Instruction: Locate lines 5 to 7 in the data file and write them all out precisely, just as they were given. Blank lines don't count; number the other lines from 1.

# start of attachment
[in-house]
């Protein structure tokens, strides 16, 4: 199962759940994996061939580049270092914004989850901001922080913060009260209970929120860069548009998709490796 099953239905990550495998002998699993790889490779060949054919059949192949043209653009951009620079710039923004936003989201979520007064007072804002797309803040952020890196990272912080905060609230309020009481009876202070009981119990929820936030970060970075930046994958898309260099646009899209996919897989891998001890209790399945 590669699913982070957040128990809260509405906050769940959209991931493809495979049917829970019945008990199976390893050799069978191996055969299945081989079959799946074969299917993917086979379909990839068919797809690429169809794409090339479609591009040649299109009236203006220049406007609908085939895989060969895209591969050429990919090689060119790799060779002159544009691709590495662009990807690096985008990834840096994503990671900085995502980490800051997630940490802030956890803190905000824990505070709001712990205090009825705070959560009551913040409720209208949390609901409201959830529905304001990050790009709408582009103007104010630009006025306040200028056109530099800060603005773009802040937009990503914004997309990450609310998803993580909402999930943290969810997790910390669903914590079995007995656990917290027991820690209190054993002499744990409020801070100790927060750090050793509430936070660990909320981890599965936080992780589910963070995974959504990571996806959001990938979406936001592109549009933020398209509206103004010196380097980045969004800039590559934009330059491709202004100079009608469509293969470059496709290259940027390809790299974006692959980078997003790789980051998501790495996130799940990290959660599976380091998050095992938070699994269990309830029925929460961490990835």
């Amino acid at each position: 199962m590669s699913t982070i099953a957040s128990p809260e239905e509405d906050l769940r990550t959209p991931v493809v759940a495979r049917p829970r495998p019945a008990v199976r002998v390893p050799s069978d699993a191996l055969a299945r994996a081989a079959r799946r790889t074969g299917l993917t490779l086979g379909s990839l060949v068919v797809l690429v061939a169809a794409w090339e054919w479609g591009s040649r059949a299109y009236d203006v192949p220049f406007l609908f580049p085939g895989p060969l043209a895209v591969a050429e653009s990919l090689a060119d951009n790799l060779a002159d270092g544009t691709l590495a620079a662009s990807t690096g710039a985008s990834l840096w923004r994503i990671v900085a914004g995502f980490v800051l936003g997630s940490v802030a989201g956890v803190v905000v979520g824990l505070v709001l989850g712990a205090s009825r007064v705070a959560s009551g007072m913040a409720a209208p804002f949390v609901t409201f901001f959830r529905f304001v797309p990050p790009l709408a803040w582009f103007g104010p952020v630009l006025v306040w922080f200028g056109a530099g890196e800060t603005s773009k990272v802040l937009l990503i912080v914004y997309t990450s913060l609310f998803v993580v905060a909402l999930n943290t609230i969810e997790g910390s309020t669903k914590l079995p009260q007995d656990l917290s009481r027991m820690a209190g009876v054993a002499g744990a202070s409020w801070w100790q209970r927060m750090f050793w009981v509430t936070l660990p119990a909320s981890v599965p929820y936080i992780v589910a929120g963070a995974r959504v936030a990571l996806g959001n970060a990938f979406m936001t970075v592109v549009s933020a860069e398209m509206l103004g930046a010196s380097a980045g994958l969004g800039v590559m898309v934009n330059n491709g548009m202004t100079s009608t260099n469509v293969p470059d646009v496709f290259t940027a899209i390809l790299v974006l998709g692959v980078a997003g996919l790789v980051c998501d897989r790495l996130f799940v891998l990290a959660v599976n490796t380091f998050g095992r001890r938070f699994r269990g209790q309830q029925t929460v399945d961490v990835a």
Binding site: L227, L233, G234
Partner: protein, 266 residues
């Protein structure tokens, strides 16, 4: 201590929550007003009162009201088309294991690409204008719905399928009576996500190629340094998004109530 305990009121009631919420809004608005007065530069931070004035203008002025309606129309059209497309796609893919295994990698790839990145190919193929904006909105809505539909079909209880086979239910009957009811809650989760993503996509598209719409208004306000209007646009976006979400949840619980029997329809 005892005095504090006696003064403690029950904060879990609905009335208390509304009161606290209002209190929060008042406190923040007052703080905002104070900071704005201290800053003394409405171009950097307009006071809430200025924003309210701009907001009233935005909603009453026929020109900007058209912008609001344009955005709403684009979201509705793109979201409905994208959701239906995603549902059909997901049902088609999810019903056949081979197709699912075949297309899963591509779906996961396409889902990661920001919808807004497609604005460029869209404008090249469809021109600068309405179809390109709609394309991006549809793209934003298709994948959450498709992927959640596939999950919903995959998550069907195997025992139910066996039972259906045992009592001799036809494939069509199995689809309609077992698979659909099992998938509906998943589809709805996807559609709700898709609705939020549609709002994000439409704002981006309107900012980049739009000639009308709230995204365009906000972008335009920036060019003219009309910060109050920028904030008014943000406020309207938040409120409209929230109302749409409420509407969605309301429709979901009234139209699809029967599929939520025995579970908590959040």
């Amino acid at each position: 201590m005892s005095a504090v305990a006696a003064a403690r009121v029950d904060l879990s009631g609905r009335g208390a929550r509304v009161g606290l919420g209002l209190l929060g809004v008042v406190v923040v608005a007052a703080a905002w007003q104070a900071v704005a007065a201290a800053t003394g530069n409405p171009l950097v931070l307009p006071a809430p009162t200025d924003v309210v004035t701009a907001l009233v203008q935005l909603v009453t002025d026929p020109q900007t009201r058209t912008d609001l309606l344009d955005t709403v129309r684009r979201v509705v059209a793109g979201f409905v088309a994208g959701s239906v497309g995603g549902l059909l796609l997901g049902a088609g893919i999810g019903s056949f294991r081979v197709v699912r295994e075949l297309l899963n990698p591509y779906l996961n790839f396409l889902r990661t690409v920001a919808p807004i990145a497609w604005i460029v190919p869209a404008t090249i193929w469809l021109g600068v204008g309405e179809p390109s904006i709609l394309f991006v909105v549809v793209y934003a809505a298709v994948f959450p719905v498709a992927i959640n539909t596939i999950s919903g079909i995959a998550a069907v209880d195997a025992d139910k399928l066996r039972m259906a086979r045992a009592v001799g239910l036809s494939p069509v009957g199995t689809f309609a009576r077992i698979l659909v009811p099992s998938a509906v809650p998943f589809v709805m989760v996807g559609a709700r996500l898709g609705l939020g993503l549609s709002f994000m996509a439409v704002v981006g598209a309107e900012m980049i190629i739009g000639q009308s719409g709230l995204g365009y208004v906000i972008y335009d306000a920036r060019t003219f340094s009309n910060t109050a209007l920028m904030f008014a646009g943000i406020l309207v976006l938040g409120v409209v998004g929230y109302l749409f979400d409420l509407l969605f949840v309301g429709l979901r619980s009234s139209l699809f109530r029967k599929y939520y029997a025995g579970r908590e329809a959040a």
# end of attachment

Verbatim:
Partner: protein, 266 residues
């Protein structure tokens, strides 16, 4: 201590929550007003009162009201088309294991690409204008719905399928009576996500190629340094998004109530 305990009121009631919420809004608005007065530069931070004035203008002025309606129309059209497309796609893919295994990698790839990145190919193929904006909105809505539909079909209880086979239910009957009811809650989760993503996509598209719409208004306000209007646009976006979400949840619980029997329809 005892005095504090006696003064403690029950904060879990609905009335208390509304009161606290209002209190929060008042406190923040007052703080905002104070900071704005201290800053003394409405171009950097307009006071809430200025924003309210701009907001009233935005909603009453026929020109900007058209912008609001344009955005709403684009979201509705793109979201409905994208959701239906995603549902059909997901049902088609999810019903056949081979197709699912075949297309899963591509779906996961396409889902990661920001919808807004497609604005460029869209404008090249469809021109600068309405179809390109709609394309991006549809793209934003298709994948959450498709992927959640596939999950919903995959998550069907195997025992139910066996039972259906045992009592001799036809494939069509199995689809309609077992698979659909099992998938509906998943589809709805996807559609709700898709609705939020549609709002994000439409704002981006309107900012980049739009000639009308709230995204365009906000972008335009920036060019003219009309910060109050920028904030008014943000406020309207938040409120409209929230109302749409409420509407969605309301429709979901009234139209699809029967599929939520025995579970908590959040």
């Amino acid at each position: 201590m005892s005095a504090v305990a006696a003064a403690r009121v029950d904060l879990s009631g609905r009335g208390a929550r509304v009161g606290l919420g209002l209190l929060g809004v008042v406190v923040v608005a007052a703080a905002w007003q104070a900071v704005a007065a201290a800053t003394g530069n409405p171009l950097v931070l307009p006071a809430p009162t200025d924003v309210v004035t701009a907001l009233v203008q935005l909603v009453t002025d026929p020109q900007t009201r058209t912008d609001l309606l344009d955005t709403v129309r684009r979201v509705v059209a793109g979201f409905v088309a994208g959701s239906v497309g995603g549902l059909l796609l997901g049902a088609g893919i999810g019903s056949f294991r081979v197709v699912r295994e075949l297309l899963n990698p591509y779906l996961n790839f396409l889902r990661t690409v920001a919808p807004i990145a497609w604005i460029v190919p869209a404008t090249i193929w469809l021109g600068v204008g309405e179809p390109s904006i709609l394309f991006v909105v549809v793209y934003a809505a298709v994948f959450p719905v498709a992927i959640n539909t596939i999950s919903g079909i995959a998550a069907v209880d195997a025992d139910k399928l066996r039972m259906a086979r045992a009592v001799g239910l036809s494939p069509v009957g199995t689809f309609a009576r077992i698979l659909v009811p099992s998938a509906v809650p998943f589809v709805m989760v996807g559609a709700r996500l898709g609705l939020g993503l549609s709002f994000m996509a439409v704002v981006g598209a309107e900012m980049i190629i739009g000639q009308s719409g709230l995204g365009y208004v906000i972008y335009d306000a920036r060019t003219f340094s009309n910060t109050a209007l920028m904030f008014a646009g943000i406020l309207v976006l938040g409120v409209v998004g929230y109302l749409f979400d409420l509407l969605f949840v309301g429709l979901r619980s009234s139209l699809f109530r029967k599929y939520y029997a025995g579970r908590e329809a959040a």